Paribus : Conflicting Narratives

If the past year has taught us anything it’s that no one has a crystal ball when it comes to predicting future moves in the crypto market. Macroeconomic factors and black swan events have time and again overpowered technical analysis.

This week China will celebrate the Lunar New Year and move from the year of the Tiger into the year of the Rabbit. Already there are several confusing and sometimes conflicting narratives as to what the coming year will bring.

Many commentators are expecting 2023 to be beset by continued disruption in China. The narrative is that there will be a third wave of covid infections when people return to work at the end of January following the New Year festivities. At the same time, there’s a narrative that infections are out of control and that China is massively under-reporting its number of cases.

Based on the many conversations we’ve had with people from several of China’s main cities, the narrative that seems correct is that cases are being under-reported. Everyone we spoke to has either recovered from covid recently or is infected with the virus. The same is true for all of their colleagues and friends.

If this is typical of infections throughout China it means they will achieve herd immunity by the end of January which would rule out a third wave and increase the velocity with which their economy starts to recover. Markets are already pricing in this increase in economic activity, leading to some of the recent rises in stocks we’ve seen.

Naturally many in crypto focussed on last week’s gains, but they appear to have missed the corresponding increase in liquidity in the stock markets. Last week the MCSI Asia-Pacific index hit levels 21% higher than its October lows. The Hang Seng index hit levels 47% higher than its October lows. Meanwhile, the Nasdaq Golden Dragon China Index surged 70% higher than its October lows.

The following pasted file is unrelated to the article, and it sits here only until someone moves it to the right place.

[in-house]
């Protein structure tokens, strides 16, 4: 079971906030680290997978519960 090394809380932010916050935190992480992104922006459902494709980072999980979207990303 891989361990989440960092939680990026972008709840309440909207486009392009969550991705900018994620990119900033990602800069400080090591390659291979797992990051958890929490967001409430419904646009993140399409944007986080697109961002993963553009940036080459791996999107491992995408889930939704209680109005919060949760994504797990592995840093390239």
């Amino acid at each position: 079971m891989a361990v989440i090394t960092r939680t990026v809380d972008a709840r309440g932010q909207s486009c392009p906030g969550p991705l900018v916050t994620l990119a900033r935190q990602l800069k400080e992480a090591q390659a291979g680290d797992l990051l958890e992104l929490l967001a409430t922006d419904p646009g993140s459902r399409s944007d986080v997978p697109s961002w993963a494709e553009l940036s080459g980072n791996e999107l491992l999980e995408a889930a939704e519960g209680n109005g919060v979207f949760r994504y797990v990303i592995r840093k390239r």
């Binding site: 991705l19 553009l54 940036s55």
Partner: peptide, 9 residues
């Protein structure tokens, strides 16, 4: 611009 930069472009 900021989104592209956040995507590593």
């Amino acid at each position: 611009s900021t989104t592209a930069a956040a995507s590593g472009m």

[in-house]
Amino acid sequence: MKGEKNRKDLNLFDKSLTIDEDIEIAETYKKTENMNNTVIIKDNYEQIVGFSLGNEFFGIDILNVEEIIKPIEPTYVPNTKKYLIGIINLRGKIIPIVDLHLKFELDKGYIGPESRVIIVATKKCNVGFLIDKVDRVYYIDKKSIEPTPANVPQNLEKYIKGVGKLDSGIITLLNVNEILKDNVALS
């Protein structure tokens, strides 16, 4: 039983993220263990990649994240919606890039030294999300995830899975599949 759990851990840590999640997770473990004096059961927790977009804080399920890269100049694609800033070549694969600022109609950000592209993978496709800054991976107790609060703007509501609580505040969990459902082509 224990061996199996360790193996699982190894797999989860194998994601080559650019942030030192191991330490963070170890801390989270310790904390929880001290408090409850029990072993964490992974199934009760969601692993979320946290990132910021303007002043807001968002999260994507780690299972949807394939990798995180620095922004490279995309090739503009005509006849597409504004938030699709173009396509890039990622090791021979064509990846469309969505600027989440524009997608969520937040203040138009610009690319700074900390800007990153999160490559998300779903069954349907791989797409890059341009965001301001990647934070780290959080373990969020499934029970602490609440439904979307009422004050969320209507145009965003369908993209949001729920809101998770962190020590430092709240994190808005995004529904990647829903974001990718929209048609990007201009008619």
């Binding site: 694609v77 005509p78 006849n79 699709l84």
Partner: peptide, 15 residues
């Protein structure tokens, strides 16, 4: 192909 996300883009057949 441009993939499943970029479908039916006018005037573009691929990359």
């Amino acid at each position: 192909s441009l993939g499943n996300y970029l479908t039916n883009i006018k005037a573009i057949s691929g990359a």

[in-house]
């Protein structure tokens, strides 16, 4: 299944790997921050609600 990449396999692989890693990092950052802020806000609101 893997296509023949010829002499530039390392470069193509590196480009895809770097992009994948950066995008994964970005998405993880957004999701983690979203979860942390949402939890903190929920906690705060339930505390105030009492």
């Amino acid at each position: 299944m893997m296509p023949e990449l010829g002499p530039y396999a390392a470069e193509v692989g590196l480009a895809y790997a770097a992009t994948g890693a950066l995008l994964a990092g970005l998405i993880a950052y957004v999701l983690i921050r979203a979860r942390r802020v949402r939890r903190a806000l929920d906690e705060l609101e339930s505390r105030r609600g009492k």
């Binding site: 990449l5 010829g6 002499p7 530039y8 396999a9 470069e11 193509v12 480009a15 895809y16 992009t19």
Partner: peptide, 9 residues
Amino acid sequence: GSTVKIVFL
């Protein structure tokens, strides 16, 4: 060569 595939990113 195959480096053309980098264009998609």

The reason for these increases is largely due to hedge funds investing aggressively in Chinese stocks after having come to the same conclusions we have, that the covid epidemic in China will be deep but short-lived. The present situation appears to be the result of President Xi’s intentional policy to remove restrictions ahead of the New Year so that covid could run through the population at a time when their industries enter a seasonal slowdown.

While China’s economic recovery is bullish for Asian stocks and international companies with operations in the country it also poses a threat to inflation. Increased activity in China means greater demand for commodities and energy which may push prices up and have a knock-on effect on US and European inflation figures.

Such an outcome could delay any pivot by central banks and increase the likelihood of a tougher recession ahead. This is where narratives get confused and demonstrates why the first half of 2023 looks set to be volatile.

Although it’s a welcome relief for many in crypto to see some green candles of hope, it’s imperative to remember that we’re just a small boat in the vast ocean of global finance. Whatever the charts may show these have repeatedly broken down in the face of much larger macroeconomic shocks.

Another factor that seems to have been underreported is that January is a time when there is usually an increase in liquidity for risk-on assets. As we explained in a previous article many investors’ portfolios are rebalanced at the end of December to show high allocations in low-risk assets. In January they once again rebalance their portfolios to take on higher-risk assets. As such, we see an outflow and inflow of liquidity into the markets across both months.

It’s likely that the cryptomarket will continue to rally until the next FOMC meeting at the end of January where it’s widely expected they will raise interest rates by 25 basis points, or 0.25%. It’s also probable this will be accompanied by a stern warning from the chair of the Federal Reserve, Jerome Powell, that they will continue to raise rates aggressively if they have to. As markets have now priced in a rebound in China’s economy and falling inflation in the US and Europe, anything that casts doubt on that positive outlook will cause them to fall once more.

Despite all the hopium on YouTube at present, it’s likely that there won’t be any change of direction from the Fed until March or April. Until then the best thing to do is to remember to zoom out and take a long-term view to avoid getting rekt.

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